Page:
My LD has given the cues early as by Easter he will be going to Australia for a few weeks and he didn't want me to be chasing him for his cues due to the Director saying that the show will be frozen after Easter.

I have had a look over the cues - and I did before I posted yesterday - and unfortunately there is not enough time for me to say the cue number with about 19 cues happening in the space of three minutes. What would you advise I do here? I am going thinking that I just say "LX go". Is that right?

Also thanks for your advice on the previous question I had. I am new to stage management; I have called some cues before but only in the Tech and that was last year so I am open to any advice that you pros can give me on calling techniques, person problems or anything else that crops up.

Beatr79

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Re: CALLING: Calling a group of stoodby cues
« Reply #5 on: Feb 07, 2016, 08:27 am »
In fast sequences, I have resorted to "Lights GO" or simply "GO...GO...GO."

When I have had to say multiple GOs in a row like that, I will mention it in the standby, so the op is prepared for the fast sequence.  Something along the lines of, "and warning a multiple G-Os in a row." (As a rule, many SMs never say the word "Go" except for cue execution.  So during this warning, I actually spell it out.)

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MatthewShiner

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Re: CALLING: Calling a group of stoodby cues
« Reply #6 on: Feb 07, 2016, 01:20 pm »
and if the sequence is really tight, you might want to either have sound take their own GO or put them on a cue light.

That way you could do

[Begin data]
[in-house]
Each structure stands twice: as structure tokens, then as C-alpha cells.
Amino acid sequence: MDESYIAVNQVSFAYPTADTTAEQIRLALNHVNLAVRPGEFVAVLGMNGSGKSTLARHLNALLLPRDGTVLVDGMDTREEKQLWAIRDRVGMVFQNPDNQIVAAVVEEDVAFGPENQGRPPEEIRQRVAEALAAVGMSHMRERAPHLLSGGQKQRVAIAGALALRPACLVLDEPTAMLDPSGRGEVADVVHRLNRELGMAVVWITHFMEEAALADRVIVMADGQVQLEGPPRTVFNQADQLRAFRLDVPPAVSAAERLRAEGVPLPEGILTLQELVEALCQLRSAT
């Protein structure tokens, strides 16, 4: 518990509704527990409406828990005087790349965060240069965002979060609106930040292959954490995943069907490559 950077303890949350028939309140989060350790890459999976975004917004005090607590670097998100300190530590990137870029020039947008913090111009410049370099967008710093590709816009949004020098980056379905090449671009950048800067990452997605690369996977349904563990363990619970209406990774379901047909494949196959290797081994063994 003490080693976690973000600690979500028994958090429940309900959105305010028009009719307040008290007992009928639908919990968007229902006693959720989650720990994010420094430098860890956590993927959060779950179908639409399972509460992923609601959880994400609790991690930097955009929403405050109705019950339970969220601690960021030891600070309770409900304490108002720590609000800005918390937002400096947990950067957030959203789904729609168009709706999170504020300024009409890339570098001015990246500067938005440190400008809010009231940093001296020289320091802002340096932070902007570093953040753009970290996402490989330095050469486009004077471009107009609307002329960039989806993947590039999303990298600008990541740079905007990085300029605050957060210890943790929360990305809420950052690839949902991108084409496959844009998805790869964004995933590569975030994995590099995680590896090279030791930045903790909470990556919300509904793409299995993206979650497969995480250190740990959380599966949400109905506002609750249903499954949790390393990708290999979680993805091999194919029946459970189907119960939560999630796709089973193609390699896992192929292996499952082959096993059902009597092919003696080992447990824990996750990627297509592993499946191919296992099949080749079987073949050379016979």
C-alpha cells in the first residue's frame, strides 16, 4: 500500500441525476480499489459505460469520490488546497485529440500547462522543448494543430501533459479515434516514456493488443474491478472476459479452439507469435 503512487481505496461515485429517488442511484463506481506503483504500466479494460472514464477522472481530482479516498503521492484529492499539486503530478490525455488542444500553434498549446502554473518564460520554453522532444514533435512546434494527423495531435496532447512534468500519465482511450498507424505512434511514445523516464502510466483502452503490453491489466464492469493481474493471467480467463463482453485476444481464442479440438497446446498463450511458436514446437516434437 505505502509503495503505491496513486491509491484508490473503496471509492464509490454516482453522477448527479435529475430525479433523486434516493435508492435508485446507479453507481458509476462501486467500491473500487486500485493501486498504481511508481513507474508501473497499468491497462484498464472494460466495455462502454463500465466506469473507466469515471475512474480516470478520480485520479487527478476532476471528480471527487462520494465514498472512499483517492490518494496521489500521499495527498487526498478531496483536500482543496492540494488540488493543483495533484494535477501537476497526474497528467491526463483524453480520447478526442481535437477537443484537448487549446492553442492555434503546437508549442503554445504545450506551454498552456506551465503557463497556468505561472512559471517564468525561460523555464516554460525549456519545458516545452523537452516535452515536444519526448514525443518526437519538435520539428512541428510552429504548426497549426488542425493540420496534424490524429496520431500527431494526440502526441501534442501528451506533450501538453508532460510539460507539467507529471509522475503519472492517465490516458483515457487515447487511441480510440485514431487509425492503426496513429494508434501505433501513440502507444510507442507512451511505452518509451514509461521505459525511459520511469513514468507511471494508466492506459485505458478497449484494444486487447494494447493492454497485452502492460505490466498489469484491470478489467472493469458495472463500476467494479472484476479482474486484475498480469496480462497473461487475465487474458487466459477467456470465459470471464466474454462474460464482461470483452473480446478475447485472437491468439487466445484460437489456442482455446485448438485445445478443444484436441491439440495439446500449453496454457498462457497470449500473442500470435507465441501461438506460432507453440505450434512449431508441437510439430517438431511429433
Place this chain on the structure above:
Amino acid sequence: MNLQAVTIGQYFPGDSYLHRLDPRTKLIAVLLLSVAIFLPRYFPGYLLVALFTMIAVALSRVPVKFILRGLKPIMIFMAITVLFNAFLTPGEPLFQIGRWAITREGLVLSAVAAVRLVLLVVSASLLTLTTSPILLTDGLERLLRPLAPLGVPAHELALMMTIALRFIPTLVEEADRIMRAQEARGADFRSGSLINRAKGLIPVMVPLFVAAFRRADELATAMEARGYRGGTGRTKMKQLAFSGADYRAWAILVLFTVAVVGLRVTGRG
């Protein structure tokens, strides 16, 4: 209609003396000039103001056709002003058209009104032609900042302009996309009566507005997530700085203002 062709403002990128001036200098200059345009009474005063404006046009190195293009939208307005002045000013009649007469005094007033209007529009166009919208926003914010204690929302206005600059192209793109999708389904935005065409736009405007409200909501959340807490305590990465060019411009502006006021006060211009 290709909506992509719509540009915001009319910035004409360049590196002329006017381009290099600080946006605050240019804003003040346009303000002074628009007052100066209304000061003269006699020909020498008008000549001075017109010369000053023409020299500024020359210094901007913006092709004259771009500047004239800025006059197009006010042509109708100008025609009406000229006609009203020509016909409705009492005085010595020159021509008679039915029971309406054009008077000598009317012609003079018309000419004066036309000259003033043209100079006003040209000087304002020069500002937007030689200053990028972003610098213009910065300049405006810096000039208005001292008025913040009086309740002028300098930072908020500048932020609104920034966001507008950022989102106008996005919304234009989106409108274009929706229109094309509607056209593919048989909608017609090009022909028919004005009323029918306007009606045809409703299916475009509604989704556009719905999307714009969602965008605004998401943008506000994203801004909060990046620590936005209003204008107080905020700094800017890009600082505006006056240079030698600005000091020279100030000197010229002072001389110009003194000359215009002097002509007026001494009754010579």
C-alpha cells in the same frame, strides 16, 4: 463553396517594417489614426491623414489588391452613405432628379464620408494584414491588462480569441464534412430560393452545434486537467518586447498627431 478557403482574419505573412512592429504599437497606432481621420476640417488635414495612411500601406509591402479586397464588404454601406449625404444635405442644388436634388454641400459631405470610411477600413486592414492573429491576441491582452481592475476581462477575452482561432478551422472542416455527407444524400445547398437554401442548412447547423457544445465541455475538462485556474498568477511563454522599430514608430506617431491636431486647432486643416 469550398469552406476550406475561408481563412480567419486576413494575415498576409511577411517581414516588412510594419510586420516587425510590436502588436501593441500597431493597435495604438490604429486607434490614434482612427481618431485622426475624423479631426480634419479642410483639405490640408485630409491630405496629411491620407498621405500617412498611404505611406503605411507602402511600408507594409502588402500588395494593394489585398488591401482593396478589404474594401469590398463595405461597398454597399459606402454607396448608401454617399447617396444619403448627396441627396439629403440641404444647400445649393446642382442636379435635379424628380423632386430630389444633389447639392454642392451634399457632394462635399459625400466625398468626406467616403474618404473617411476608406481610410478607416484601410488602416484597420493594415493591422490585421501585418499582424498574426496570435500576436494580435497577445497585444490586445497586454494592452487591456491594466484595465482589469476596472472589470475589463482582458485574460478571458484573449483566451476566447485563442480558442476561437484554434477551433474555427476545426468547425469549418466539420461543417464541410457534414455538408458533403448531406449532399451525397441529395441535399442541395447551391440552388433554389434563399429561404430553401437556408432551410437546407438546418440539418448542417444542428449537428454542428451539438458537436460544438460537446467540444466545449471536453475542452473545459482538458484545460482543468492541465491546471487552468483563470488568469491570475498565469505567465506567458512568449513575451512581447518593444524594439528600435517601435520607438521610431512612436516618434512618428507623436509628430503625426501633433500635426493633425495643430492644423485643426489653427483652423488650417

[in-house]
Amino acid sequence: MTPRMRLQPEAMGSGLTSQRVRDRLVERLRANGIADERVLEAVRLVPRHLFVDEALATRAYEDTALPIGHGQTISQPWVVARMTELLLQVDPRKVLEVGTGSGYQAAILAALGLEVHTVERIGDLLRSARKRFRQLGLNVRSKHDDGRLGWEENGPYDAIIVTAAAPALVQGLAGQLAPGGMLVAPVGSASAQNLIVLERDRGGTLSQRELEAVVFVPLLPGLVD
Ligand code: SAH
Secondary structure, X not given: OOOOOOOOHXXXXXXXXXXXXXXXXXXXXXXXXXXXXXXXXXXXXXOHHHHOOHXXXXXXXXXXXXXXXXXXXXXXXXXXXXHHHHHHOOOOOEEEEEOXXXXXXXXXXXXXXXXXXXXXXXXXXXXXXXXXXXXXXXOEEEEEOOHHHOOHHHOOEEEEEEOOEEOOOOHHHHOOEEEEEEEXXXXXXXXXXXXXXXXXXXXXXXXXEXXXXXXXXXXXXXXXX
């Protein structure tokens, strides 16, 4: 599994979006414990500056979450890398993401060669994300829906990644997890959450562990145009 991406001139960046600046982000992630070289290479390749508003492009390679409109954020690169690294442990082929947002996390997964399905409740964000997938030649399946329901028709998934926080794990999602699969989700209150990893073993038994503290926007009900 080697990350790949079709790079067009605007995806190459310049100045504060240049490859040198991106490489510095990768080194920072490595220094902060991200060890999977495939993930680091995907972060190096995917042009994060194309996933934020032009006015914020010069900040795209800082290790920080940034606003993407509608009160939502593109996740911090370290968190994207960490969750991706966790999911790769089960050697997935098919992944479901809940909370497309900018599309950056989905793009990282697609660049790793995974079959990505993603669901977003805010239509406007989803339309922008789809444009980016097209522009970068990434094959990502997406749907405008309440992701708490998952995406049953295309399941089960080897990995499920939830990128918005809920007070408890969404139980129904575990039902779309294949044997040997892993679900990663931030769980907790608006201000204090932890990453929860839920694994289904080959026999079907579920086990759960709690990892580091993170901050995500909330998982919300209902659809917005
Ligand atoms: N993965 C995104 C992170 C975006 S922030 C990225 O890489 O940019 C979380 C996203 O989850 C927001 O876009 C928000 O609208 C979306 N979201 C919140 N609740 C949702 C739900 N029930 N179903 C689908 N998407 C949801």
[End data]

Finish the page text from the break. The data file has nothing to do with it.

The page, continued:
Standby LX 15 thru 35, all on the "G" word
Sound 7 on your own (or on the cue light)

And that way you can just say go.

On my current show, we have one number where we say Standby 600 Series, and then just say go every two beats.

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Anything posted here as in my own personal opinion, and does not necessarily reflect the opinion of my employer - whomever they be at a given moment in time.

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KMC

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Re: CALLING: Calling a group of stoodby cues
« Reply #7 on: Feb 07, 2016, 11:07 pm »
You may suggest to the LD that some cues be linked together in the console, where possible, so that you're not trying to call 30 cues in 60 seconds or something ridiculous.  If there is truly that much happening artistically in such a tight span, the LD should be able to automate some of it in the console. 
Get action. Do things; be sane; don’t fritter away your time; create, act, take a place wherever you are and be somebody; get action. -T. Roosevelt

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smejs

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Re: CALLING: Calling a group of stoodby cues
« Reply #8 on: Feb 09, 2016, 12:47 am »
You could also have something like "Sound is with the third light cue" in your standby. Also, after a tricky sequence, both for my own sake and the board op, I might add a final "we should now be in LQ 35." (Sorry, I tried to type LX, but as it's not a term I use, I just couldn't!)

Maggie K

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Re: CALLING: Calling a group of stoodby cues
« Reply #9 on: Feb 09, 2016, 01:34 pm »
I think what it all really comes down to is communication.  Tell them what you're going to say or do in the standby and everything should be fine.

My current show I have lights, sound, and projections.  There are a few times where I tell them that I will call an "all g-o" which means all 3 happen at the same time.  I also have a sequence where there are about 10 light cues and then a projection cue.  So in the standby I say "Standby lights 1-10 and tab cue 4, reminder that tab 4 is toward the end of the sequence." 
I like the ephemeral thing about theatre, every performance is like a ghost - it's there and then it's gone. -Maggie Smith